Komatsu Australia supplies customers with a full range of GET solutions through its KVX and Hensley XS ground engaging tools.

Both KVX and Hensley XS ground engaging tools can be fitted to Komatsu-branded equipment, plus any other make of machine.

This is a significant advantage for operators running multiple makes of machine, allowing them to easily standardise GET across their fleet.

KVX has gained worldwide recognition for its highly wear-resistant bolt-on ground engaging tool system for earthmoving machines. In recent years, KVX has also developed a highly attractive range of buckets and attachment products for excavators, wheel loaders, LHDs and front shovel machines.

Source: Komatsu Australia

KVX gives face loader teeth in Victorian quarry

A Melbourne-based quarry operation recently installed a Komatsu KVX ground engaging tool (GET) system on its Komatsu WA600-6 face loader, to minimise the chance of teeth breaking off during operation and severely damaging the quarry’s crusher.

The company, Northern Quarries, is located in Melbourne’s northern metropolitan region and predominantly extracts and crushes basalt to produce a range of crushed rock and aggregate products.

{{image3-a:r-w:250}}According to Pat Kerr, production manager at Northern Quarries, the primary reason for using KVX GET on the loader was to eliminate the possibility of teeth breaking off during operation and ending up in the quarry’s crusher unit – which can involve costly repairs and extended downtime on the crusher.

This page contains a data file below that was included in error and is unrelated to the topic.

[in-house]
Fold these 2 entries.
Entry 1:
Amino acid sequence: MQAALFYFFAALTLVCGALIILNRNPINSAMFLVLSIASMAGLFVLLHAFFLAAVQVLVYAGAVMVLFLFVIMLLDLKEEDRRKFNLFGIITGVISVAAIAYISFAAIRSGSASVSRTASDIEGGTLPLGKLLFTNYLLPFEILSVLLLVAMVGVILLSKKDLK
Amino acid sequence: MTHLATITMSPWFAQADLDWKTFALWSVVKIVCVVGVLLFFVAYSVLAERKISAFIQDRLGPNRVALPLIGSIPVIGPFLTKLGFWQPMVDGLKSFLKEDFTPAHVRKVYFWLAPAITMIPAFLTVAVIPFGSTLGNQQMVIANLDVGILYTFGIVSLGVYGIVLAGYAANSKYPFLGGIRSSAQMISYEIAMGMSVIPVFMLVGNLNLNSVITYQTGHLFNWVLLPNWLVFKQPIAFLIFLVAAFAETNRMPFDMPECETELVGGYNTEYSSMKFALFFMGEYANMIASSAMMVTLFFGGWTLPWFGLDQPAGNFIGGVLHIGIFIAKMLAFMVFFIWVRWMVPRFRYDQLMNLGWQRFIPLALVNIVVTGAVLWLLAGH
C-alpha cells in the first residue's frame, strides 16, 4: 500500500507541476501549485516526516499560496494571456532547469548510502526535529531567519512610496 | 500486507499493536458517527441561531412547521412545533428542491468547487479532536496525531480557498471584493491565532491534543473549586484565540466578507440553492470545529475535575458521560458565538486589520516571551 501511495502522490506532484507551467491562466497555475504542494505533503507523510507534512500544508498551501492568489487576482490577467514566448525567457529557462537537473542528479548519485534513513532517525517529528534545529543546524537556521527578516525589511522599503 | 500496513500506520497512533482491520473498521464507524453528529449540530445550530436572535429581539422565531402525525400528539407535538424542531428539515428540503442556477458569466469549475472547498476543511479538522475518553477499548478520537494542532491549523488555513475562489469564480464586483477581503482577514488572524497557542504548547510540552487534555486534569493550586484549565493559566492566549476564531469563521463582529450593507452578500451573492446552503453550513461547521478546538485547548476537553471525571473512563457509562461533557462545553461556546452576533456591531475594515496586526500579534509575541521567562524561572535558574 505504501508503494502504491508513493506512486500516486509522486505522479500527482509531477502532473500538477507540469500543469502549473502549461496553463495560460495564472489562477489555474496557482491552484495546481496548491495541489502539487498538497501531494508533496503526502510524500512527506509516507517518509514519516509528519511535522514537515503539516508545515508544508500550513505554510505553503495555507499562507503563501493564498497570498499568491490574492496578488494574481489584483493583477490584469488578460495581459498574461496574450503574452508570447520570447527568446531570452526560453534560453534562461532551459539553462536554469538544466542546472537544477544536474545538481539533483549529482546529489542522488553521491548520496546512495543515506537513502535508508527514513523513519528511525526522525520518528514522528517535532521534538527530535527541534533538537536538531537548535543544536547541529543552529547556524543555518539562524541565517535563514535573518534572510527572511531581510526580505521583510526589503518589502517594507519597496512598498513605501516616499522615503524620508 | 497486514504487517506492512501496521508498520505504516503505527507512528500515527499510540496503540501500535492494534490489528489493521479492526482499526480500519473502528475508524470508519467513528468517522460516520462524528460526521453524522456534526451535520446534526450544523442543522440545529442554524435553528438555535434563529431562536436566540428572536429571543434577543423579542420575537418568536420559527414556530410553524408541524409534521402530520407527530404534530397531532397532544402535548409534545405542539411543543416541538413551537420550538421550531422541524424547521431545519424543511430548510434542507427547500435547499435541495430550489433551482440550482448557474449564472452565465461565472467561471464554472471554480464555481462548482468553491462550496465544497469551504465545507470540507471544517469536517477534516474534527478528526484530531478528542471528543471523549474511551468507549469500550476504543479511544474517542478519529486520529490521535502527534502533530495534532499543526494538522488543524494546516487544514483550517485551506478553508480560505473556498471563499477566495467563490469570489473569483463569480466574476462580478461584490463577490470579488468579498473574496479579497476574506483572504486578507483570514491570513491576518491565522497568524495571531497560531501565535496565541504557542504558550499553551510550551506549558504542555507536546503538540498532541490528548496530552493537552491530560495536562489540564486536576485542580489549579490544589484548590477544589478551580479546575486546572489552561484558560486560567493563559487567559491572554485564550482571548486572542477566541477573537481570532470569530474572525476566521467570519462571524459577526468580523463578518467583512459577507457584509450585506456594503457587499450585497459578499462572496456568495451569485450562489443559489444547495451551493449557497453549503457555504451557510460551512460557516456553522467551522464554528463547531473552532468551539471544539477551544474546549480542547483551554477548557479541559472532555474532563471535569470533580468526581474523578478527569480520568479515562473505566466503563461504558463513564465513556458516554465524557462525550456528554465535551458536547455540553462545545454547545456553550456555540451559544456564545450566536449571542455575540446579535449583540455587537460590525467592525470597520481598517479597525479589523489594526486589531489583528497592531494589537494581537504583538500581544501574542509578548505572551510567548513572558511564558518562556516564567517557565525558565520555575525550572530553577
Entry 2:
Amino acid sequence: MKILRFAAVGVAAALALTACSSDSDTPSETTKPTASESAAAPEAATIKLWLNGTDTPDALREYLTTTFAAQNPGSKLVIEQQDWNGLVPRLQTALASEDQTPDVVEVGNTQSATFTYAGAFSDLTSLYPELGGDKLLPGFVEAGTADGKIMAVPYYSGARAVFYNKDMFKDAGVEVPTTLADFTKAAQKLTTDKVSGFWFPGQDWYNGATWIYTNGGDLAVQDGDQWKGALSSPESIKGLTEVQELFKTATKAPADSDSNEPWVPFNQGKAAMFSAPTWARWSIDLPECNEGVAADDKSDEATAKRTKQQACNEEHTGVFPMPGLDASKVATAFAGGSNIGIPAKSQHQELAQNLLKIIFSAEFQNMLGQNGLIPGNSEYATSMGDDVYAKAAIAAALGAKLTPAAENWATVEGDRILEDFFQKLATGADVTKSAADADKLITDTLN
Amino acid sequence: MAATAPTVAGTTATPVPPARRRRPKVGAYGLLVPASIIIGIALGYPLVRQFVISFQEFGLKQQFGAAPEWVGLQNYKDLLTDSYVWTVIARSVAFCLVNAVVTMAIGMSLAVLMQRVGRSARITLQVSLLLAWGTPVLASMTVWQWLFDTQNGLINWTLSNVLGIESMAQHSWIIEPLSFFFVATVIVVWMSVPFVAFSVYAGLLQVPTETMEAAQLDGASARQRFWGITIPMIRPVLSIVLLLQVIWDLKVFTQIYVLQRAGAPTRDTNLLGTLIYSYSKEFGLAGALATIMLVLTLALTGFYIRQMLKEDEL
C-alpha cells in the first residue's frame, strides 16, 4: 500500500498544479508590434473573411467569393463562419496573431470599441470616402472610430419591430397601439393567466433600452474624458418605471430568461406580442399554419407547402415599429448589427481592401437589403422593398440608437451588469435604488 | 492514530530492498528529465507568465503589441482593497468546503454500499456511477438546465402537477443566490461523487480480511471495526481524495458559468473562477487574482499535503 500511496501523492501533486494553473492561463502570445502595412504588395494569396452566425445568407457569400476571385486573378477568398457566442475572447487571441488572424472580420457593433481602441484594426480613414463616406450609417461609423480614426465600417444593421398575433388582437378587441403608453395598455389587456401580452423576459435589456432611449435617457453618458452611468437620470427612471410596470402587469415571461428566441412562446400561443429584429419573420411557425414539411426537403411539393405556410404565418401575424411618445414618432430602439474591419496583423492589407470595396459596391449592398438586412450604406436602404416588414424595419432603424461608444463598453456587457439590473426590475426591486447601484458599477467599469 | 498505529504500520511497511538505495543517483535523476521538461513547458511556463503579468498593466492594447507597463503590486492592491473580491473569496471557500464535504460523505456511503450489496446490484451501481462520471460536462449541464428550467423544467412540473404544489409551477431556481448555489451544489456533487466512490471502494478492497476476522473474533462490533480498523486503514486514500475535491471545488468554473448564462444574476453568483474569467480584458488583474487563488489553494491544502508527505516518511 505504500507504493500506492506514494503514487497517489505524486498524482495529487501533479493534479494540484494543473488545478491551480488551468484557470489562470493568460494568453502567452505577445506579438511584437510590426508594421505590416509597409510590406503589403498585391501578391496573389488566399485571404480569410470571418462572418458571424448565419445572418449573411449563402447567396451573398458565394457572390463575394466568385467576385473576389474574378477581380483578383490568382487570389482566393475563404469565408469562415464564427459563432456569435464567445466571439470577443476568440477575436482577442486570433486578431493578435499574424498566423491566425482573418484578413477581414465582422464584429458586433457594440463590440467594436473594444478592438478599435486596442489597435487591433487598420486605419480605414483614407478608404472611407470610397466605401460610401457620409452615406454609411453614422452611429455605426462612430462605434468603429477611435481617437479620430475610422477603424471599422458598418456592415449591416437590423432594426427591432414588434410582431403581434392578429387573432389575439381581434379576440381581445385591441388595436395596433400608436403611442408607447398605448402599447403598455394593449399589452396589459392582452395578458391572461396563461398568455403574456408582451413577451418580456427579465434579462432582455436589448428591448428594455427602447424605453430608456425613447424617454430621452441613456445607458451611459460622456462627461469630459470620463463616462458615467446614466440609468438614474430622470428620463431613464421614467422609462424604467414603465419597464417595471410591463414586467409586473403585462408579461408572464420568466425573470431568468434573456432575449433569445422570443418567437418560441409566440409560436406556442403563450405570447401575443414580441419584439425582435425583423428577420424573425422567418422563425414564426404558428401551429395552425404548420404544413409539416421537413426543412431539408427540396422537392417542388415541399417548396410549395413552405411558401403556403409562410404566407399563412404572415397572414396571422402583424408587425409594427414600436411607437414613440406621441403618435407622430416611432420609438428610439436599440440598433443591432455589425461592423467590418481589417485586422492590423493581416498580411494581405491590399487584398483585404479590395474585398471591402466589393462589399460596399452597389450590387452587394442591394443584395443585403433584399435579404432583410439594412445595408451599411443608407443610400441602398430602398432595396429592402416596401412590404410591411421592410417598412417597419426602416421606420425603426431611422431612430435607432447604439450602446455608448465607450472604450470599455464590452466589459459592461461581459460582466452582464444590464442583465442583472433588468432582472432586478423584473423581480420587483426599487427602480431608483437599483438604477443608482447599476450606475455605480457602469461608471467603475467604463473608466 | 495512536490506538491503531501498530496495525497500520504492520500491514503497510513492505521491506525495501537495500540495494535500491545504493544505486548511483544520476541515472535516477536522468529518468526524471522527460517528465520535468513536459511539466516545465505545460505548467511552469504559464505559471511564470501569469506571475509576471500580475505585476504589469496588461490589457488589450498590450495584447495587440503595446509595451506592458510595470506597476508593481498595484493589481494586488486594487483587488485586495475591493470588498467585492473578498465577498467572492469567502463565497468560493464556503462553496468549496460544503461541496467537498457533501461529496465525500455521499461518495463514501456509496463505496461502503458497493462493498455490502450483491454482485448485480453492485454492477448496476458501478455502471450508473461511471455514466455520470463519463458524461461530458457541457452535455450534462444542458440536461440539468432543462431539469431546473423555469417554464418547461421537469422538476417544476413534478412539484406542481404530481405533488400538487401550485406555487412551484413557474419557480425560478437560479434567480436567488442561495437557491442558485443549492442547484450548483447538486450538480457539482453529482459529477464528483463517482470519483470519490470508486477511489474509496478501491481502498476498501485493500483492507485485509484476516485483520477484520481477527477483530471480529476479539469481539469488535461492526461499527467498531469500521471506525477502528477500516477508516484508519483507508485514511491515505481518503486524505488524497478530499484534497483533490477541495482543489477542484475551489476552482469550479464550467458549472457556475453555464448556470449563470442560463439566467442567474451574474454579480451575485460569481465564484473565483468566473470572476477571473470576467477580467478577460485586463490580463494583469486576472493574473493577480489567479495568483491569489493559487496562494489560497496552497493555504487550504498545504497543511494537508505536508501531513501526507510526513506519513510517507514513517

“The KVX system’s unique design minimises the chances of the GET becoming detached and ending up in the plant, vastly reducing the potential for costly repairs to the equipment,” he said.

“And the range available from KVX and Komatsu meant we were able to tailor a system to suit our particular site application and extract the maximum performance and production from our Komatsu loader.”

Northern Quarries extraction manager Wayne Deken echoed Kerr’s comments.

“We really have a lot more peace of mind now over the chances of wayward teeth ending up in our crushing plant,” he said. “I’m also really pleased with the low maintenance aspect of the KVX product. It’s almost fit it and forget it, which leaves us free to concentrate on our core business.”

KVX’s bolt-on system for attaching teeth and other wear parts eliminates the need for retaining pins and adapters, and dramatically speeds up the tooth replacement process, according to Bill Guirguis, Komatsu Australia’s customer support sales representative responsible for Northern Quarries.

“In addition, the teeth self-sharpen as they wear, far outlasting conventional teeth,” Guirguis said. “The philosophy behind the design of KVX is to address more than component life versus cost as a measure of the product’s performance.

“In addition, the system targets a broader range of site and operating costs. For example, the sometimes immeasurable cost of downtime, planned and unplanned maintenance, production efficiencies and so on were all taken into account during the development of the product. Since installing KVX at Northern Quarries, everyone from management through to the operators has been very pleased with the system.”